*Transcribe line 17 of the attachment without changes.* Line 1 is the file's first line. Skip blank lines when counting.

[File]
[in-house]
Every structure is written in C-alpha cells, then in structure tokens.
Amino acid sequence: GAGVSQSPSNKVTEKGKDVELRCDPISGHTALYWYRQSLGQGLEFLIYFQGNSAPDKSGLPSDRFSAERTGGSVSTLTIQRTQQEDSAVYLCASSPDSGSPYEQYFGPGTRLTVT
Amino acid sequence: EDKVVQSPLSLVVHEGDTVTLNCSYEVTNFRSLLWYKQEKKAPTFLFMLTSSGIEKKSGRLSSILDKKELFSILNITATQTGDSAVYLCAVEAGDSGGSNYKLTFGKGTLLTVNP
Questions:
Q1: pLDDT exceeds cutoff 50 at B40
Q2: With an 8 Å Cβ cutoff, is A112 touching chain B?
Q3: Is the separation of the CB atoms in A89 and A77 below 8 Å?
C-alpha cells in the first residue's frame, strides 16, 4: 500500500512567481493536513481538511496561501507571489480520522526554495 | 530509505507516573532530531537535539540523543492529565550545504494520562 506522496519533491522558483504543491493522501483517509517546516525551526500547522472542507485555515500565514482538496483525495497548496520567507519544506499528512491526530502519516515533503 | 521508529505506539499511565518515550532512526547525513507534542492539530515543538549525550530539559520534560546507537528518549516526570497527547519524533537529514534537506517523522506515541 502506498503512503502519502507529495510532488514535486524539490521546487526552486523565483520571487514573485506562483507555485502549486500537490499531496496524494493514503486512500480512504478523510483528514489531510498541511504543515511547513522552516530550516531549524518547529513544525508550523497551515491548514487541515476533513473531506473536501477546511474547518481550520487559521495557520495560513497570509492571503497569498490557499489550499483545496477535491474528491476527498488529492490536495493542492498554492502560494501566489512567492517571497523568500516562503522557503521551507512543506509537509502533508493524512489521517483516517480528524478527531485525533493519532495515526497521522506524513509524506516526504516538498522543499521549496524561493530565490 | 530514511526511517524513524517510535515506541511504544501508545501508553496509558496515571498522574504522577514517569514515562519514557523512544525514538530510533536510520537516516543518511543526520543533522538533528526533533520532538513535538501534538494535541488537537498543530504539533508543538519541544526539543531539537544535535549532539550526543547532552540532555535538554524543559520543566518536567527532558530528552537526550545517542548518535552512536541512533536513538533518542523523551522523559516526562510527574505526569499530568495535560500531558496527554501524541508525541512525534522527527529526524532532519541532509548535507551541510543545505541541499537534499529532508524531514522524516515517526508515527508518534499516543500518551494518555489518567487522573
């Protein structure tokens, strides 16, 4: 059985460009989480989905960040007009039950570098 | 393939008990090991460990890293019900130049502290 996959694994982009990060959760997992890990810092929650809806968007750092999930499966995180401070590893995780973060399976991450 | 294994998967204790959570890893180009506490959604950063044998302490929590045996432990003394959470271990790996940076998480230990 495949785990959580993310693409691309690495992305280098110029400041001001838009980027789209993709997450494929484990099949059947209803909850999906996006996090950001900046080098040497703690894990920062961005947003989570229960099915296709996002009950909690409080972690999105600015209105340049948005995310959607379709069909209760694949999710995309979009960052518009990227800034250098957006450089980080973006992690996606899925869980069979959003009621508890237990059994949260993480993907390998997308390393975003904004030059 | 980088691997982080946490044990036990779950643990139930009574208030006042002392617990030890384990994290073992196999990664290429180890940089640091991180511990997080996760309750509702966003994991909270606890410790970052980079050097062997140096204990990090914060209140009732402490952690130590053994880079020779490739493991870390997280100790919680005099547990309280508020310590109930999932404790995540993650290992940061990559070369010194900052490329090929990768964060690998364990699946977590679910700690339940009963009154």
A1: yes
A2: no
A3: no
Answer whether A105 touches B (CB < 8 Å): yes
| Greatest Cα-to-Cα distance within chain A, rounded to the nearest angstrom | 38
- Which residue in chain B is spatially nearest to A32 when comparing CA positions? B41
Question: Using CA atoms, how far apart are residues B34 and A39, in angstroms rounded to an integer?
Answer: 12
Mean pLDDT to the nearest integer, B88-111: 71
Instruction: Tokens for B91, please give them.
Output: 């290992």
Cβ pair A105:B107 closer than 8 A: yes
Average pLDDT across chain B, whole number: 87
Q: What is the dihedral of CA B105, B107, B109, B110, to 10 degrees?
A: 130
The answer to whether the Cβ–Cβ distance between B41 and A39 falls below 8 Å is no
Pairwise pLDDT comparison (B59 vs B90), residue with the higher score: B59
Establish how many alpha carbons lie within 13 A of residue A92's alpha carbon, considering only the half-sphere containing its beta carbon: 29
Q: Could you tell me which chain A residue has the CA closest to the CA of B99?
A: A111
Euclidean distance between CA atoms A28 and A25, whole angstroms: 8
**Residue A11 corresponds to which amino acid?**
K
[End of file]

Question: Using CA atoms, how far apart are residues B34 and A39, in angstroms rounded to an integer?